Lawyers for Mary Treadwell, former head of the Youth Pride job-training program, told the U.S. Court of Appeals yesterday that Treadwell's 1983 conspiracy conviction should be thrown out because a trial judge gave erroneous instructions to the jury.

Treadwell was convicted of conspiracy and seven counts of making false statements to the government in connection with the ownership and management in the mid-1970s of the low-income Clifton Terrace apartment complex in Northwest Washington. She was acquitted of 13 other charges.

Prosecutors charged that P.I. Properties, a corporation set up by Treadwell to buy the housing complex from the Department of Housing and Urban Development, was a sham and that she and others conspired to enrich themselves at the expense of the tenants and HUD.

Defense lawyer John W. Nields Jr. argued yesterday before a three-judge panel that District Judge John Garrett Penn, who presided over the seven-week trial, failed to single out and emphasize to the jurors the sole basis on which Nields said Treadwell could be convicted of conspiracy.

That was the charge, said Nields, that Treadwell conspired to "misappropriate, misapply, divert and steal" funds from Clifton Terrace. The defense has maintained that other management personnel -- three of whom pleaded guilty in the case -- stole the funds without Treadwell's knowledge.

Instead, Nields said, Penn instructed the jurors that they could convict Treadwell of conspiracy if they found she had schemed to carry out "any" of several alleged frauds against HUD and the Internal Revenue Service that were mentioned in the indictment.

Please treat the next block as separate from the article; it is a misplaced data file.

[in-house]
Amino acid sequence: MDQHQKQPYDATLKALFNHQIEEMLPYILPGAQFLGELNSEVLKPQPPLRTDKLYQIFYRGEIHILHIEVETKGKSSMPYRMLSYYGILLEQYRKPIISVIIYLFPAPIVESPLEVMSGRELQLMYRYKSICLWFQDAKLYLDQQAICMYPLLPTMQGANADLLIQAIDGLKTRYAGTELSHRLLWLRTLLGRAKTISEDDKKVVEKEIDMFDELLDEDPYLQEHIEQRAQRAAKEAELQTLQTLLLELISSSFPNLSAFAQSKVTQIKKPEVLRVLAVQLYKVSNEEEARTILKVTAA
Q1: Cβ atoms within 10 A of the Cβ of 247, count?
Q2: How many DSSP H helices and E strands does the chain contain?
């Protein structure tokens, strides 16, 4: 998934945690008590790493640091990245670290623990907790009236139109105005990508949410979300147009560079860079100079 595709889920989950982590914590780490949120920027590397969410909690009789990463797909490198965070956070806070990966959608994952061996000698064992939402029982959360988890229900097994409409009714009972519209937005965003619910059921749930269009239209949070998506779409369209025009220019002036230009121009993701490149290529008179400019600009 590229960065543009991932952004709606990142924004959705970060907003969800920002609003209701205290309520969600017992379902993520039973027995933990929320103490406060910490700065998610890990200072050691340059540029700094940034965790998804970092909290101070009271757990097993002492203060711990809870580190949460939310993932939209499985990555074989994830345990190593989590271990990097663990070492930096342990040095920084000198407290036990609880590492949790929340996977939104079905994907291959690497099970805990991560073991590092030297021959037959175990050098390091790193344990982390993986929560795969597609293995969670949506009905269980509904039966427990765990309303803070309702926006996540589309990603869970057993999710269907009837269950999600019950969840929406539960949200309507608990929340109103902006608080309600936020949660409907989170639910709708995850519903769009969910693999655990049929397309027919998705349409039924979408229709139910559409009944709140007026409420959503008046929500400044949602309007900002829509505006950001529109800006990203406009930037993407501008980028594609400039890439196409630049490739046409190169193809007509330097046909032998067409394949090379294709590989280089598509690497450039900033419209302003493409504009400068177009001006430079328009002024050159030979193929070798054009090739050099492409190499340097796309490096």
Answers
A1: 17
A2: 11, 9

"The jurors were never told what the issue was," said Nields. "No wonder they were out so long." The jury deliberated for a record 131 hours over 17 days before returning its verdict.

Government lawyers argued yesterday that Penn, who read much of the indictment to the jurors, including the part that mentioned misappropriation of funds as "the object of the conspiracy," had made the thrust of the charges sufficiently clear.

They also contended that the conspiracy charge applied not only to the theft of money from Clifton Terrace but to "a continuous pattern of concealment" by Treadwell.

The conspiracy was "far vaster than simple misappropriation," said Assistant U.S. Attorney Helen M. Bollwerk. She termed it "inconceivable" that the jurors "didn't understand that the scope was greater" than stolen money.

The length of the jury's deliberations "doesn't suggest that they were at sea and didn't know what to find," said Bollwerk. "It suggests that they were being conscientious."

Treadwell, former wife of D.C. Mayor Marion Barry, was sentenced last year to three years in prison and fined $40,000 by Penn. She is free pending the outcome of her appeal, which could take several months, and was present during yesterday's arguments.

The case is being considered by appeals judges Robert H. Bork, Carl McGowan and Edward A. Tamm.